Five Mesa police officers who were placed on paid administrative leave pending the outcome of a criminal investigation in connection with an incident at a Mesa motel that involved a fetus being flushed down a toilet are back to work, but an internal investigation into the matter has begun.
Bryan Soller, president of the Arizona Fraternal Order of Police Mesa Lodge No. 9, said Wednesday the union received word from the Maricopa County Attorney’s Office that it will not seek criminal charges against the officers involved in the June 1 incident.
After agreeing to review its policies at the request of the Maricopa County Attorney’s Office, the Mesa Police Department did agree to change how it handles the disposal of fetuses, according to a statement issued Thursday by the county attorney’s office. From now on, if police officers come across fetal remains as the result of a miscarriage, officers will alert the Mesa Fire Department, which has the experience in the appropriate handling of such remains, the office said.
The county attorney’s office concluded that the incident reflects the need for additional training and more sensitive procedures.
“It’s hoped the new Mesa police policies will prevent any further troubling incidents,” said Maricopa County Attorney Andrew Thomas. “We thank the department for bringing this matter to our attention and for its cooperation.”
Early June 1, Mesa police and fire crews responded to a medical call at the Motel 6 at 336 W. Hampton Ave. that turned into a drug-related arrest of Allen Coleman, 48. Officers also discovered that Raeann Bell, 24, had miscarried a 4-inch fetus that was 12 to 14 weeks old.
After a police officer contacted a supervisor, a decision was made by another officer to flush the fetus down the toilet, according to a Mesa police report. Management at the motel had requested that the fetus be discarded, according to the report.
An internal investigation into the matter now has begun to determine whether any of the officers violated department policy or did anything wrong during the incident, Soller said. The officers were allowed to return to their jobs last week, according to Soller.
“We’re very happy about the ruling, and we’re moving forward with the investigation,” Soller said. “We know that no criminal charges will be filed, and that’s a good thing. We never believed there was any criminal intent on the part of the officers. It’s always nice when the county attorney’s office agrees with us. That’s a good thing. The county attorney’s office talked to the medical examiner’s office about the fetus, and they said that no crime had been committed.”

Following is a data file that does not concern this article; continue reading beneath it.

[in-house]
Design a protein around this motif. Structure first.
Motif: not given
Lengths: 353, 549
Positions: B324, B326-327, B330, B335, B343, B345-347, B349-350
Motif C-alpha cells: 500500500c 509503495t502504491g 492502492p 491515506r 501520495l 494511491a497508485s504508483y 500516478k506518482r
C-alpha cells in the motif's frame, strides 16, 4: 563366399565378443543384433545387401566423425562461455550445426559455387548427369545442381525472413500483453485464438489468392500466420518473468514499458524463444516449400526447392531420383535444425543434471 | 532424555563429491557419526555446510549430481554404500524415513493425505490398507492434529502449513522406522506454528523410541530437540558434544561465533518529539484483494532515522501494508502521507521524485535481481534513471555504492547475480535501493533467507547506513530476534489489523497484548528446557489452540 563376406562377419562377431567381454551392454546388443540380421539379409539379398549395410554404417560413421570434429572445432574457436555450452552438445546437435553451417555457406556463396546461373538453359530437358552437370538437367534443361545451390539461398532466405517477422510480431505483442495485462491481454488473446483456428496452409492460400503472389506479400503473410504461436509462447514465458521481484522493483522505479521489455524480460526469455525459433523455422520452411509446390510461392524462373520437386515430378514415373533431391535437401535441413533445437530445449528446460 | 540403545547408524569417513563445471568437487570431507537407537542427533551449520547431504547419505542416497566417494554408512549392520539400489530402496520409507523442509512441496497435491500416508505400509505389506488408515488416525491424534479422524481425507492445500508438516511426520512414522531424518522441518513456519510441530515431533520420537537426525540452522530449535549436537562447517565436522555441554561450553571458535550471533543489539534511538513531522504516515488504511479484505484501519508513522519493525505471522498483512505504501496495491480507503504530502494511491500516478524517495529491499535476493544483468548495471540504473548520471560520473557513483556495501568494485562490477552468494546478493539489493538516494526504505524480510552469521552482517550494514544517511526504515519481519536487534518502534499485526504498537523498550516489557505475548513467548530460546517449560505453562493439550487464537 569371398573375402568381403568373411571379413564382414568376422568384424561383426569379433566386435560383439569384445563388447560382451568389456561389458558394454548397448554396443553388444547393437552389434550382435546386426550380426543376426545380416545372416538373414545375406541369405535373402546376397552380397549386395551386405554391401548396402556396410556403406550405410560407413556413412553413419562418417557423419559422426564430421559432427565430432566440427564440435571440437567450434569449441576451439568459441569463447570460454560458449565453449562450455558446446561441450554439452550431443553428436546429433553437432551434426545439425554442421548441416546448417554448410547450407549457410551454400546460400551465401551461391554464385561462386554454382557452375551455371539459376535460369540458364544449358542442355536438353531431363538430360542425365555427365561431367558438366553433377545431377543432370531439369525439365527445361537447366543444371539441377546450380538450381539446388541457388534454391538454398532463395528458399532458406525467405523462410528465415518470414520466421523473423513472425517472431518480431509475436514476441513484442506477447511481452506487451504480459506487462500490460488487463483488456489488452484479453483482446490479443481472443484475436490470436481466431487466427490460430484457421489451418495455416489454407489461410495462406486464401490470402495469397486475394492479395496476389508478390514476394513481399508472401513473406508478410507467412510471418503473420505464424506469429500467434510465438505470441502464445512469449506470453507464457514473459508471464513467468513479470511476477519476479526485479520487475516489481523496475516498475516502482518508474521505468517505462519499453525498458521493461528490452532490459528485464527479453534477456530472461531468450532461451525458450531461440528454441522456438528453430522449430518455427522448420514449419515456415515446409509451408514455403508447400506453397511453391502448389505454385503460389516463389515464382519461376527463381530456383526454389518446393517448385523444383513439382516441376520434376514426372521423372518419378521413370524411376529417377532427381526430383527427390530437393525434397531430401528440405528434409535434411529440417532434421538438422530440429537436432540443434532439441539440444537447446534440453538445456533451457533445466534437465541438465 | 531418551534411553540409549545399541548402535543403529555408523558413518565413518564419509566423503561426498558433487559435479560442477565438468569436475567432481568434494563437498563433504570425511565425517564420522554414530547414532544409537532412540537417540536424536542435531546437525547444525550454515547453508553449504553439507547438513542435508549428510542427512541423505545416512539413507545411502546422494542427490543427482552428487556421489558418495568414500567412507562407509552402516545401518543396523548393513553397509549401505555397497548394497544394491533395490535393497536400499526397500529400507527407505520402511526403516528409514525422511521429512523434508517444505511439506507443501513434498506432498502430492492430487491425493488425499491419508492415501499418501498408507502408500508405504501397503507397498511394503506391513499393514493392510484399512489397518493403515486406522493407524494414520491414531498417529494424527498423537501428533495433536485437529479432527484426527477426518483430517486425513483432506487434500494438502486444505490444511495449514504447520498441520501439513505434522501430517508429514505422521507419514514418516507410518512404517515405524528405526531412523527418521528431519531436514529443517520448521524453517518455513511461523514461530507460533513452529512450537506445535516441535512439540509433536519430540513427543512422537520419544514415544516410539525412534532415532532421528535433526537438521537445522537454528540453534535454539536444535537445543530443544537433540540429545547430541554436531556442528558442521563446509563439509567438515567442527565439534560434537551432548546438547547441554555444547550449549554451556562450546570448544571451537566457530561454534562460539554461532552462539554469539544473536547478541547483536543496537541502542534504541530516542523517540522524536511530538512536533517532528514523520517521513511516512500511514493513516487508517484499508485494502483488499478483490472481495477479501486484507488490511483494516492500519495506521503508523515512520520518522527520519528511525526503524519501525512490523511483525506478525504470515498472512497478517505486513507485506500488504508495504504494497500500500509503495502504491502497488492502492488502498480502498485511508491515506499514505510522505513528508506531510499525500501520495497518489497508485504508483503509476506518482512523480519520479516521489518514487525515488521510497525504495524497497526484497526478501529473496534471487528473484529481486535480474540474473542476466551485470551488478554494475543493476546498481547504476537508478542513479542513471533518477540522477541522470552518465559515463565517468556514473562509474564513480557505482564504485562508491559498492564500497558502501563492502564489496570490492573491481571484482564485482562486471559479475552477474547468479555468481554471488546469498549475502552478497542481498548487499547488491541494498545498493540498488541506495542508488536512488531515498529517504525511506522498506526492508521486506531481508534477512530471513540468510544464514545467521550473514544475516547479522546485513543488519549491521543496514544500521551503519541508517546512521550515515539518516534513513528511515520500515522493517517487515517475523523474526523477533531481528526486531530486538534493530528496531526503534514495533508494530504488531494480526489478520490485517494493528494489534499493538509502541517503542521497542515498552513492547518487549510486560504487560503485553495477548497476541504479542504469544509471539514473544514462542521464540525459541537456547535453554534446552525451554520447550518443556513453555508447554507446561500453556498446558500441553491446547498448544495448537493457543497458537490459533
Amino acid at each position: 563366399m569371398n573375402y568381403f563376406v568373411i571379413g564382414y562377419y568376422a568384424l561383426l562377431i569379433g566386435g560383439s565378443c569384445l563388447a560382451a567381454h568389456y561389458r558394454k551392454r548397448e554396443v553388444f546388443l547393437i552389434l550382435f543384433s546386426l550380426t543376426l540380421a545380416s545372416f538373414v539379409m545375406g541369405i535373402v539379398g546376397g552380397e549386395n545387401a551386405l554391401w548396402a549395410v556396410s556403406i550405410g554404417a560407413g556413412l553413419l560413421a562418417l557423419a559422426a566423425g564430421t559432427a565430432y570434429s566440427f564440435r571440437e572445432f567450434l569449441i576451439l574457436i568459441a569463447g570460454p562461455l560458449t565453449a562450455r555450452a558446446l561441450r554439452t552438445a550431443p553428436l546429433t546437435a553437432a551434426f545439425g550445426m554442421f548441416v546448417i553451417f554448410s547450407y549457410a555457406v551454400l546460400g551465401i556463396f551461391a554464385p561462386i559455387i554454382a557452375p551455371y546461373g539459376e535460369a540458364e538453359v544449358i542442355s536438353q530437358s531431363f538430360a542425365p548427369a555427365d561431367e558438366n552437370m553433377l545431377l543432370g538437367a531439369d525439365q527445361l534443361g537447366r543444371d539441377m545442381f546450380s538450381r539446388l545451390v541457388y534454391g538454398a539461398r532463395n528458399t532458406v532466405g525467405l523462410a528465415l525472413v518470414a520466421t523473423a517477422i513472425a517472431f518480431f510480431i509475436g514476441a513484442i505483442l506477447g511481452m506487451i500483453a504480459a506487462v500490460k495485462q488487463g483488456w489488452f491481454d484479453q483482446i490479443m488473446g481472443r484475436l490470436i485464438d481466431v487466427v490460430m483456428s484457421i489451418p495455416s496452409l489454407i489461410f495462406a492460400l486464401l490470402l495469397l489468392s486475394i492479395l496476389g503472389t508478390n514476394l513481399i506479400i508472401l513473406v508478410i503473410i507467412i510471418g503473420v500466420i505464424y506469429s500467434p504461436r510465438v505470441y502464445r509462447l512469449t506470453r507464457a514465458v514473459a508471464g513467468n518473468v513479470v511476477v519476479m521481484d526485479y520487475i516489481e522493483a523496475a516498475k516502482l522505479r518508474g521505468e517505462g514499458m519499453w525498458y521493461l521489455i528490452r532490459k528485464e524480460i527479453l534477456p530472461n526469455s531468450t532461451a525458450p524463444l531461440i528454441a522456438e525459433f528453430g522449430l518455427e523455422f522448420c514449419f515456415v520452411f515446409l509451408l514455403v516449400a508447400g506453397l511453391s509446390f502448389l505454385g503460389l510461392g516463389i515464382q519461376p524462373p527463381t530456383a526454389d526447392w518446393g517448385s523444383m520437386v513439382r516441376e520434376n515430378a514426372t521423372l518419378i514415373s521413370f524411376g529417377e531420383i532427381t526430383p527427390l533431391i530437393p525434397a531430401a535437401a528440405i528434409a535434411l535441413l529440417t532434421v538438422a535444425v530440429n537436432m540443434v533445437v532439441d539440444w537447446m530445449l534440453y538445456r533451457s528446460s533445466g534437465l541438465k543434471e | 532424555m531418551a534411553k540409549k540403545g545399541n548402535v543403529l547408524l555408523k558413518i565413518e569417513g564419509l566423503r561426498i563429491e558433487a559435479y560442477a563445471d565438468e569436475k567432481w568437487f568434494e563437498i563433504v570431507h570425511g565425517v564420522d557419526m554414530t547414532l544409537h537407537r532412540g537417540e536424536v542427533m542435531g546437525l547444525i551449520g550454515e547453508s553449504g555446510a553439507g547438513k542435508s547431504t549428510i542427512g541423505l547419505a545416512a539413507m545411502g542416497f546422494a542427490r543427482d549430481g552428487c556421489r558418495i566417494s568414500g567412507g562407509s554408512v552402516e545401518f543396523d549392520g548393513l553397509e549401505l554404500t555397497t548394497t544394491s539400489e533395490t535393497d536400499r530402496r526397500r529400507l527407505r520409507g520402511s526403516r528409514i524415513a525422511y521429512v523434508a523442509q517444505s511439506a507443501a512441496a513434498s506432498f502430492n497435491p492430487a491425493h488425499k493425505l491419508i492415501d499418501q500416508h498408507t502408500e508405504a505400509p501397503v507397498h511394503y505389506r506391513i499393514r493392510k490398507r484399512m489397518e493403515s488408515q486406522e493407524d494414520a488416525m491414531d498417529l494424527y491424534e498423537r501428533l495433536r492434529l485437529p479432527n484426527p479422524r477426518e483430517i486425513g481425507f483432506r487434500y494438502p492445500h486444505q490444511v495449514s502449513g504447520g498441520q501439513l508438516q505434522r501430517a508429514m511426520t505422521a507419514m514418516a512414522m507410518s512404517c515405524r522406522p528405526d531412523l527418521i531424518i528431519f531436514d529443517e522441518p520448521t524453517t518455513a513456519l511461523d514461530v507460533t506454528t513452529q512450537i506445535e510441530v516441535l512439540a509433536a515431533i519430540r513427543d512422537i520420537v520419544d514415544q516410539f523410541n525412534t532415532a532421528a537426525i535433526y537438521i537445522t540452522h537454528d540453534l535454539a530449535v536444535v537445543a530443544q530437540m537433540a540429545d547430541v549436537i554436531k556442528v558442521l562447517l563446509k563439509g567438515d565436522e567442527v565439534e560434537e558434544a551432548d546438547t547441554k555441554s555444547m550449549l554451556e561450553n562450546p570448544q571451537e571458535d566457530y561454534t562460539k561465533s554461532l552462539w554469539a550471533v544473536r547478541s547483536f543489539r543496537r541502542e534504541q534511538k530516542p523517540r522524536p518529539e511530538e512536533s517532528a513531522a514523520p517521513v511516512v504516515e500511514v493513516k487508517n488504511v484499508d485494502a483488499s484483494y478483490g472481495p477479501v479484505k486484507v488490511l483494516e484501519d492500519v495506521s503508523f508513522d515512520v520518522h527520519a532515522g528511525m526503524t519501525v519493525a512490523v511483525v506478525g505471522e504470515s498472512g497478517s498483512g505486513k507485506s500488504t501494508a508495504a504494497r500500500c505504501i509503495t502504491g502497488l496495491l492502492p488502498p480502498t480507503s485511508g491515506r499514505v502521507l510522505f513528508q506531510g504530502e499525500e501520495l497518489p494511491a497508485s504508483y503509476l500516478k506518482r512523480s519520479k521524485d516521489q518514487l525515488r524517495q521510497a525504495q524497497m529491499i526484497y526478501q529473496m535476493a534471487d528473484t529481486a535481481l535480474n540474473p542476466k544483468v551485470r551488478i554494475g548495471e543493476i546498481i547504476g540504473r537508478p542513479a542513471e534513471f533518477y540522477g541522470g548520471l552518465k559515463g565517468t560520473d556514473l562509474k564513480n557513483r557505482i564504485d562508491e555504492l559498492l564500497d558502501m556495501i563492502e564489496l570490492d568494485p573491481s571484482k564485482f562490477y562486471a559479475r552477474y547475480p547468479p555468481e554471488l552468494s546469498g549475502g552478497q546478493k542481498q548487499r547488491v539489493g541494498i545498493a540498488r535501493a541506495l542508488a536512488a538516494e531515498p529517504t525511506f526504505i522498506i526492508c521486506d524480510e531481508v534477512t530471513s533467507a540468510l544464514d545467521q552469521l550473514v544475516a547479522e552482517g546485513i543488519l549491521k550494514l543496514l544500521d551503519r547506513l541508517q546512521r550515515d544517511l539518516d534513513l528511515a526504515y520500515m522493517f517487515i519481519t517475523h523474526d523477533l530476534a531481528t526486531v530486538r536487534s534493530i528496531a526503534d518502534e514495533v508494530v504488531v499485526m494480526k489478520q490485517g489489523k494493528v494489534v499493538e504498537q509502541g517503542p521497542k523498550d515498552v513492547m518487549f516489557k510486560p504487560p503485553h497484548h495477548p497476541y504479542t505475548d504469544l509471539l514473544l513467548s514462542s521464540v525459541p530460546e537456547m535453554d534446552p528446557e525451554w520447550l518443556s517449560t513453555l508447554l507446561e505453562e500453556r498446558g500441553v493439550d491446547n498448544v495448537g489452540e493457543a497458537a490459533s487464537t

According to state law, the death of a fetus must be reported to the county medical examiner’s office when it has been carried for a term of 20 weeks or more and weighs more than 350 grams.
Overall, three officers responded to the incident and two other supervisors were involved in the call, according to police.
Mesa police officers Nicholas Webster, Kristen Johnson and Robert Buquo responded to the incident, and acting Sgt. Glenn Pearson and Lt. Lynn Young also were involved, according to a Mesa police report released June 11.
Four Mesa fire personnel also were on the scene and were asked whether they wanted to take the fetus, and they said no, according to a Mesa police report.
Bell, who said she miscarried the baby after 12 weeks, was not arrested, but she was taken to a nearby hospital for treatment.
Webster described the fetus as being inside a white, blood-soaked paper towel and lying on a table in the room, according to a police report.
Pearson told Webster not to take the fetus because there were no charges being sought against Bell, and Buquo stated in the report that after he took pictures of the fetus, “I took the paper towel and fetus into the bathroom, I placed the paper towel with the fetus into the toilet and flushed it.”
In the report released June 11, one of the officers said the fetus “looked as if it had two small eyes and some small arms,” and that hours after her miscarriage, a woman in the room had a syringe in her hand and was about to “shoot up” when officers knocked on the door.
Webster remains under investigation for possible use of excessive force in an unrelated incident. In that case, Webster held down a 21-year-old man on the back windshield of a police cruiser before he pushed him into a chain-link fence inside the department’s inmate booking area on May 16.
Mesa police Chief George Gascón released a video to the media in June that shows the incident between Webster and the man, who was arrested on suspicion of urinating in public and jaywalking.
Fabian Cota, president of the Mesa Police Association, a second union that represents police officers, including Webster, said he believes Webster’s actions were justified because he was protecting himself from the suspect advancing on him. Cota contends the man intentionally hit the door of the cruiser with his shoulder causing the door to hit Webster after they exchanged words.
“In my book, that’s an assault,” Cota said. “What I see him (Webster) doing is trying to control the situation by not allowing the suspect to take further action. Webster put an end to his actions by grabbing him by the back of the neck and by taking him to the back of the car. Just because a person is handcuffed doesn’t mean they can’t hurt you.”
Cota said his association took issue with Gascón for releasing the video before the investigation was completed.
“People need to wait until the conclusion of the investigation and not be quick to judge,” Cota said.